'We should teach our kids to thrive in the system - not opt out'
Many of us agree that the current school system is a disaster and needs a complete overhaul. The emphasis on the Leaving Cert is a bad joke and the glorification of children who get 625 points purely because they are able to memorise vast tracts of information would be laughable if it wasn't so irritating.
However, just like hospitals, public parks and museums, the actual concept of school is hard to argue with - it makes collective sense to pool our resources so that some of us can teach the children and the rest of us are then free to contribute to the world in other ways.
Home-schooling is a more inward and exclusive concept. It is child-led, often imaginative and can be incredibly motivating. Home-schooled students learn efficiently and will often need only a few hours to complete the equivalent of a week's worth of the traditional curriculum.
When we look at the 16-year-old novelist Eilís Barrett, who first read War and Peace when she was nine, the highly accomplished Cora Venus Lunny and the remarkable success of Caitlin Moran, we can immediately see the triumphs of home-schooling.
Some home educators are very skilful and intuitive teachers and their children clearly benefit from their talents. There is a whole other group of home educators who believe their children's health and well-being is at risk if they go to school and so they keep the kids at home, often at great personal expense to themselves.
But perhaps it would be more beneficial to teach children how to survive and thrive within the system rather than opting to go off the grid entirely.
Even though my secondary-school experience was not ideal, I'm glad I went to school. I'm glad that I understand the cultural references and I believe that school gave me the opportunity as a child to have a good look at 'how things work' that I have been analysing ever since. I also made some lasting friendships during those terrible days at school. I learned how to handle difficult people. I learned how to put up and shut up as the world didn't revolve around me.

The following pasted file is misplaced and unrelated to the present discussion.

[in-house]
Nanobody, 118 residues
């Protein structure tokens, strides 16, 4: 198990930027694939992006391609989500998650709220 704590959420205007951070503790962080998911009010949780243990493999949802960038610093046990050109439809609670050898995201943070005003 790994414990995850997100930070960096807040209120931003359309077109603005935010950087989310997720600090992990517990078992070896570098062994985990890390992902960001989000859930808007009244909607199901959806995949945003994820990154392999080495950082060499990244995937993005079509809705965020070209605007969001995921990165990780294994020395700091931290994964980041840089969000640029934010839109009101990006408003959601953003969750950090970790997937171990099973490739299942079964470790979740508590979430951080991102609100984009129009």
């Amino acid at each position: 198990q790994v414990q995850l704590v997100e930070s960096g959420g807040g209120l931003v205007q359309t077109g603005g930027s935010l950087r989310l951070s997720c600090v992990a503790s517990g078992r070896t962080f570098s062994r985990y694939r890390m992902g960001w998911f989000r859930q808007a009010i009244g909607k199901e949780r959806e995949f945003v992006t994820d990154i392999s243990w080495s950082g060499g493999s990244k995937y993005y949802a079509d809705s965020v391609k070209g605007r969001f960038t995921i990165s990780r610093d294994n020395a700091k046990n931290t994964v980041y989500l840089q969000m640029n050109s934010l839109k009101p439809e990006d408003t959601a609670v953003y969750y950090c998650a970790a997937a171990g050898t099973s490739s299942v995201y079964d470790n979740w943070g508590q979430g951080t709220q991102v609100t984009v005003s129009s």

I moved away from my parents' beliefs and I began to explore other people's. And, perhaps most importantly for me, as the Madness song goes, I learned "how to bend and break the rules".
Could I have done this with a home-school education? I don't believe so.
Schools are not perfect but then neither is home-schooling. If the child's education is managed primarily by the parents, then that child is in danger of being indoctrinated into the family's way of thinking with fewer opportunities to dilute this with external influences.
But the intense demand on parents' time and emotions is perhaps the biggest issue with home-schooling. The current tendency of parents to deify their children and place astronomical weight upon the importance of their education is disturbing. It is certainly worth laying down your life for the Holy Grail of education if the family is stuck in a ghetto with no option but to educate their children out of poverty. However, middle-class children in Ireland - and it is this group that mostly turns to home-schooling - don't need education to get out of the ghetto. These children usually have a whole range of opportunities in which to flourish and it seems inappropriate for parents to needlessly sacrifice 20 years of their lives in a bid to educate their children when there is a half-decent school down the road.
Now that the internet has arrived, a good education is freely available online to anyone who is self-motivated enough to seek it - but school offers more than educational accomplishment.
Schools offer more civic, emotional and social development and they also offer parents the bracing notion that their precious chickens are no more special than anybody else's.
The Caitlin Morans and the Eilís Barretts of the world may find it easy to stand alone but there are many others who simply want to fit in. Most of us want to live within a functioning system because we believe that it is in each other's shadow that we flourish.
Instead of home-schooling our children, perhaps it would be more worthwhile to put our energies into helping to make schools better?
Stella O'Malley is a psychotherapist and author of Cotton Wool Kids